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Editorial: New census leader should include LGBTQ data

by BAR Editorial Board

Incoming U.S. Census Bureau Director Robert Santos. Photo: AP
Incoming U.S. Census Bureau Director Robert Santos. Photo: AP  

Statistician Robert Santos was confirmed by the U.S. Senate on November 4 to lead the U.S. Census Bureau — he is the first Latino and only the second person of color to be director of the department (an African American was acting director in 1998). A bipartisan 58-35 vote in the Senate confirmed Santos as the permanent director. He is a prominent statistician who drew support from 10 Republicans, according to a New York Times article, which noted that he will oversee a department that's been severely hampered in its efforts by the COVID-19 pandemic and the political turmoil that roiled the bureau under former President Donald Trump.

As NPR reported, Santos — who is also a vice president and chief methodologist at the Urban Institute and a Mexican American who has identified as mestizo for the census — brings decades of not only professional expertise in survey design, but also personal experience that could help the census bureau mend its reputation after the Trump administration's interference, including a failed push for a citizenship question that was likely to deter many Latino and Asian American residents from participating in the census.

In January, Santos is expected to be sworn in and serve a five-year term through 2026, which will be a key period in preparation for the 2030 census. And he should quickly start examining how the decennial count of U.S. residents can do more to include sexual orientation and gender identity in its survey.

As we reported in January 2020, ahead of the most recent census, people were not asked to specify if they identify as gay, lesbian, bisexual, or transgender. In terms of gender identity, the only choice allowed was male or female. There was a question for same-sex couples to clearly mark their relationship. The 2020 census forms had the following options for those residing in the same household who are related: "same-sex husband/wife/spouse" or "same-sex unmarried partner." In 2010 the options on the census form were the generic terms "husband or wife" or "unmarried partner."

It would not be a stretch to include SOGI questions on the 2030 census. In fact, the census bureau this year for the first time includes information about LGBTs through its Household Pulse Survey. As we previously reported in August, when the first data was released, it discussed how LGBT respondents were much more likely than non-LGBT respondents to experience economic and mental health hardships due to the COVID pandemic. This confirmed what LGBTQ organizations already discovered in their own surveys.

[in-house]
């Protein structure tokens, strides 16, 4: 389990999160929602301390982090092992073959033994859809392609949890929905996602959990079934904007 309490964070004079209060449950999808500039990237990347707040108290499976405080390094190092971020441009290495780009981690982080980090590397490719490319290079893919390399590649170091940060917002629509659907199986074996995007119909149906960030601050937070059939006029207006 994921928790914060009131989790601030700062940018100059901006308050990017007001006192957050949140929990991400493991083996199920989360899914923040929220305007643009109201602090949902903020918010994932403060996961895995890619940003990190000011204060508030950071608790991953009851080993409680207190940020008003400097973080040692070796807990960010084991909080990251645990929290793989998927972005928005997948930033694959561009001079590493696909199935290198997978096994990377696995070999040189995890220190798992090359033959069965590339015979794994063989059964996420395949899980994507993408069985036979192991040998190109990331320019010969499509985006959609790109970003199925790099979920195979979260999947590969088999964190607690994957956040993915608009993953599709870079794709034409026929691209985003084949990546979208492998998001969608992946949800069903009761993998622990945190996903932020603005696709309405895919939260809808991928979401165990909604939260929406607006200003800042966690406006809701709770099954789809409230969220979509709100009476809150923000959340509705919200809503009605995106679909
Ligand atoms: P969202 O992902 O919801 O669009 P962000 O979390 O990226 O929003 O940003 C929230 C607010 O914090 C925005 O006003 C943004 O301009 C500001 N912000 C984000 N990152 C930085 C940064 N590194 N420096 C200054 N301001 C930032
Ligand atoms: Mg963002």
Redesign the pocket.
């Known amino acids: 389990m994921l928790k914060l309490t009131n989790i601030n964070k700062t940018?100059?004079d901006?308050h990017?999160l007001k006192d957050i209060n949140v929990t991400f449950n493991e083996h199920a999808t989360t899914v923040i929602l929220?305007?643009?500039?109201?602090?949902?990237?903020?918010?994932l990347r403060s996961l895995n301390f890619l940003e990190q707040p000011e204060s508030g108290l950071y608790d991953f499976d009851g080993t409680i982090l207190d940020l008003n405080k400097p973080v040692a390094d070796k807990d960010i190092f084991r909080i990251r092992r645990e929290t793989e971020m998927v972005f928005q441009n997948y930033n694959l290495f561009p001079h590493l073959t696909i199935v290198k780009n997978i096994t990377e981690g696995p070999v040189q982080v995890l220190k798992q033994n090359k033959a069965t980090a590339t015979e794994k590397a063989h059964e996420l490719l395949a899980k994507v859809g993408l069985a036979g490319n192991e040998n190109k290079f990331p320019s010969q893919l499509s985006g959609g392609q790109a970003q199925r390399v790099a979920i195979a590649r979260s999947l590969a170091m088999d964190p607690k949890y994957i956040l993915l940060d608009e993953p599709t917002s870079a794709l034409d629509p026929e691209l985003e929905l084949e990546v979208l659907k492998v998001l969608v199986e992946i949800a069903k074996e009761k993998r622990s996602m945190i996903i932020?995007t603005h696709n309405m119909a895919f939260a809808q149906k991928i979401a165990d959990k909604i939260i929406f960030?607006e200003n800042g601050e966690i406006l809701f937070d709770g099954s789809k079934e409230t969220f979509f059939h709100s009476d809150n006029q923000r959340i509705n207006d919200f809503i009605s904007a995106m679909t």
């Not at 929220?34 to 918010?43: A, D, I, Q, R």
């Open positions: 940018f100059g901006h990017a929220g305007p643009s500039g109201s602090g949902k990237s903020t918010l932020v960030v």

According to the census bureau's survey roughly 13.1% of LGBT adults lived in a household where there was sometimes or often not enough to eat in the past seven days, compared to 7.2% of non-LGBT adults. And 36.6% of LGBT adults lived in a household that had difficulty paying for usual household expenses in the previous seven days, compared to 26.1% of non-LGBT adults. Close to 20% of LGBT adults lived in a household with lost employment income in the past four weeks, compared to 16.8% of non-LGBT adults. Among those living in homes that were rented or owned with a mortgage or loan, 8.2% of LGBT adults said they were not at all confident that their household could make their next housing payment on time, compared to 6.0% of non-LGBT adults.

The results are based on data collected between July 21 and August 2. The census bureau sent invitations to 1,042,642 households and received a total of 64,562 responses, for a weighted response rate of 6.1%.

Santos has much work to do in rebuilding morale in the department. But it's imperative that the 2030 census asks SOGI questions. As we have seen, census data is used for myriad purposes, including how agencies provide services and how local, state, and federal governments make budget decisions. It's time that we are counted just like everyone else. As a statistician, Santos no doubt understands the critical importance numbers play, not only with redistricting, but also in ensuring that more equitable services are provided throughout the nation. The census bureau should not be a political pawn, as it was during Trump's tenure, and we believe that Santos will return the department to its traditional apolitical mission, focused on crunching the numbers. Now, however, it's time for those numbers to include LGBTQs.

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